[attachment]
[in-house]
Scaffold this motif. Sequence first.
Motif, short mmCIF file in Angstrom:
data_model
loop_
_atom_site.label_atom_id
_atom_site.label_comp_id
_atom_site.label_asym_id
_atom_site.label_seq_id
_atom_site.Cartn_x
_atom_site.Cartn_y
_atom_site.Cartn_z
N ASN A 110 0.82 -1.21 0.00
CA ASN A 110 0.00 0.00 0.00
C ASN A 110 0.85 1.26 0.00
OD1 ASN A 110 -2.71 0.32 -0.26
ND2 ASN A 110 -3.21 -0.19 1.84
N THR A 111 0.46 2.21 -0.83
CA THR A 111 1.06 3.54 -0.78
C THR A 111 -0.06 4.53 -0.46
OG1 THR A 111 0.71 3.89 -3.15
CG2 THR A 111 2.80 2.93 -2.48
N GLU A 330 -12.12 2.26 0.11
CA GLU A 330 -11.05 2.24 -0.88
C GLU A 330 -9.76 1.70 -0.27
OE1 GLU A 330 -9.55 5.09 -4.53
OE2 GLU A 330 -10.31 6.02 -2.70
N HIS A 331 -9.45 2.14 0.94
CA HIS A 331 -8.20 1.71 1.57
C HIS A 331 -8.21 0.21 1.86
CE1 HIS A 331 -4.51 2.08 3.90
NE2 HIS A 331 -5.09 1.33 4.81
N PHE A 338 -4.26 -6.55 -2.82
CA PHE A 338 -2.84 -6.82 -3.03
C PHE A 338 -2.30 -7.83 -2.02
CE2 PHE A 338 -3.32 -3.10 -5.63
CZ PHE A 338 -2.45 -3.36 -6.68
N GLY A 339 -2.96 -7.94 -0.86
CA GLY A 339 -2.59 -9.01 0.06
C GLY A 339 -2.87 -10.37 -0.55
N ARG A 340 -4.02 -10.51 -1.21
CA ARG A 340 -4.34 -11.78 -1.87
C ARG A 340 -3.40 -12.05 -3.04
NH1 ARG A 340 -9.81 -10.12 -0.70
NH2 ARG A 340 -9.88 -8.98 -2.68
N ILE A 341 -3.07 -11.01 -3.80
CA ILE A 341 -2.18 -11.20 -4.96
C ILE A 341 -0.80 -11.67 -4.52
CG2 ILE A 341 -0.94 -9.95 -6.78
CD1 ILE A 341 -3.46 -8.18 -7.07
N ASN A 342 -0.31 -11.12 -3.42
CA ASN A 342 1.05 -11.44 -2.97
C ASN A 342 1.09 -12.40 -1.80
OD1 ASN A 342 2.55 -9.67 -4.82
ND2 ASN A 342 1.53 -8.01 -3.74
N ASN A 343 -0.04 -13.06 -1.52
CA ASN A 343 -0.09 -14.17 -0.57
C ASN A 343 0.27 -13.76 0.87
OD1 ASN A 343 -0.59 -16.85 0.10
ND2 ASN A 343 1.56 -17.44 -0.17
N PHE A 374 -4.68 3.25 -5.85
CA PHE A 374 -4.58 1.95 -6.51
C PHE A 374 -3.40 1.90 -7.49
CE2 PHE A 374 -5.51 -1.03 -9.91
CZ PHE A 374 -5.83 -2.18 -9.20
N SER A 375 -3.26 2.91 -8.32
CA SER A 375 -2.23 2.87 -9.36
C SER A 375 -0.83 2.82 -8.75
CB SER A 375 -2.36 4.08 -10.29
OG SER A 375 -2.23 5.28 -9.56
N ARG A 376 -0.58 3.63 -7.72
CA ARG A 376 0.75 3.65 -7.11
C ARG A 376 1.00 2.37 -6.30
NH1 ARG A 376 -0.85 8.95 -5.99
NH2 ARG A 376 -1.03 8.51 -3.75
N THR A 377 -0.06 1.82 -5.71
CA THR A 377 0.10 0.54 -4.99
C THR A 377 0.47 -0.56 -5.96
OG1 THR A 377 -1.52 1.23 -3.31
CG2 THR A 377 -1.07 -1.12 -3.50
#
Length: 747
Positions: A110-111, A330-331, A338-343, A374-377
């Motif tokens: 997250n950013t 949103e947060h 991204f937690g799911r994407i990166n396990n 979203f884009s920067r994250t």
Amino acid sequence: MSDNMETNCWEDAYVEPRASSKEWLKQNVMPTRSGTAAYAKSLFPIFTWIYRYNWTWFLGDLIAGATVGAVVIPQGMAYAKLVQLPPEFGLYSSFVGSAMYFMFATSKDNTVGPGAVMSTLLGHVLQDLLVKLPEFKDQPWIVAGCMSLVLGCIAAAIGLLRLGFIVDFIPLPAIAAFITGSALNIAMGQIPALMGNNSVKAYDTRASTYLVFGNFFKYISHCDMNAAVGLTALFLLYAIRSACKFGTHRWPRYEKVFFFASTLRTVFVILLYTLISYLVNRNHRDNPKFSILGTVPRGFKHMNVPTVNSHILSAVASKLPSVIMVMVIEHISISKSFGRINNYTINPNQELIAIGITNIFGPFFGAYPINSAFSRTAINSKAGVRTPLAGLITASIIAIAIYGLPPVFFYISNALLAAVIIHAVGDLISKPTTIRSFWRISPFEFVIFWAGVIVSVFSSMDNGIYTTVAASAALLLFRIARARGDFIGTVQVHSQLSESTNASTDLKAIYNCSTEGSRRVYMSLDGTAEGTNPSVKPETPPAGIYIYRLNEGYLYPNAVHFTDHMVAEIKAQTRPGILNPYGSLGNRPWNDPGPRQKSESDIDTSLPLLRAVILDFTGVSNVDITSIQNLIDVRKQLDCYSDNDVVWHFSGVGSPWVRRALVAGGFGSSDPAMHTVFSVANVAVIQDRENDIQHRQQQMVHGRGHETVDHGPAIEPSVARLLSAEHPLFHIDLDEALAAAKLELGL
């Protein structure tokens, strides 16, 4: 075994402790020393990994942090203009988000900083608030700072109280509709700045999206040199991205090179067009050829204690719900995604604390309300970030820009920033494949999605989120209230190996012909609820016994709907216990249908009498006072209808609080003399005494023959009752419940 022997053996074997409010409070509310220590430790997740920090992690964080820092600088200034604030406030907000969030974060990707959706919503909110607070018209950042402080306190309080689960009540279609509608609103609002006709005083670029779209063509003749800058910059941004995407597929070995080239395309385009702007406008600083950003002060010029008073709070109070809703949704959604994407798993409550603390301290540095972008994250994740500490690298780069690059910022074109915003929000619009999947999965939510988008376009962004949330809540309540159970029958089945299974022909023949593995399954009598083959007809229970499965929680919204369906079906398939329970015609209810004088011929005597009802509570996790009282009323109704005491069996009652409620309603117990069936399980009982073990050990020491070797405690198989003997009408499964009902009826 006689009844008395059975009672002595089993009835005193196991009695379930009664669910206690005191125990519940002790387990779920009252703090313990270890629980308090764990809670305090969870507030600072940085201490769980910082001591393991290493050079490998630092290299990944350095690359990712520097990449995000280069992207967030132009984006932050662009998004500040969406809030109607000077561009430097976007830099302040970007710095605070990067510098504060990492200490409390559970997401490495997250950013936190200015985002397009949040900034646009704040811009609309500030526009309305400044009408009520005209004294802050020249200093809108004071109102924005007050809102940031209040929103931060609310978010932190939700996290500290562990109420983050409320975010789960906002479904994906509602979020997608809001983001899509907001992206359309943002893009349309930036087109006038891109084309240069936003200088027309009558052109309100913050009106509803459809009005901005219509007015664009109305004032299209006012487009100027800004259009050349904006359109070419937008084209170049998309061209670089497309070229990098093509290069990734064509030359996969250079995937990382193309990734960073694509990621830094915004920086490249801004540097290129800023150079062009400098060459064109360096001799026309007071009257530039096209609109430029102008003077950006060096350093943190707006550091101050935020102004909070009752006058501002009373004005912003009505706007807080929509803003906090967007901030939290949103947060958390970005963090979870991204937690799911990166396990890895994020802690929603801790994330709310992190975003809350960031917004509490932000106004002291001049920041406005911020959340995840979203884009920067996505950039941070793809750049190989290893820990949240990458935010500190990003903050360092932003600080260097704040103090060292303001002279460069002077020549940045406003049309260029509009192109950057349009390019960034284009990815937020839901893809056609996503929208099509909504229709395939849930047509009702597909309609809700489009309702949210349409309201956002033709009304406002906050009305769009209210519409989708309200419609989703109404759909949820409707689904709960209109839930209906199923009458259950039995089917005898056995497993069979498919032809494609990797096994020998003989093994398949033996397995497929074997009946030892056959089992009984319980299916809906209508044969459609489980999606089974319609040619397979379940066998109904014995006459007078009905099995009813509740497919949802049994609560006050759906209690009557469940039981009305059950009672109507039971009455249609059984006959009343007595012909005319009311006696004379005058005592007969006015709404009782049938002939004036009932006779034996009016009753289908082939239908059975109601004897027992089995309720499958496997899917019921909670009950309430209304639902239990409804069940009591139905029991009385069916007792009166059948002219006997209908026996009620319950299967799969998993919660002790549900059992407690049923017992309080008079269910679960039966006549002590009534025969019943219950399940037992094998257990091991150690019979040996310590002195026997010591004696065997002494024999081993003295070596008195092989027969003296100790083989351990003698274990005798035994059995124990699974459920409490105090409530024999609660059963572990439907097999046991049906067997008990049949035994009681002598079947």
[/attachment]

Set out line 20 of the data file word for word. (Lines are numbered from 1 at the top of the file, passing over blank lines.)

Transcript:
C THR A 111 -0.06 4.53 -0.46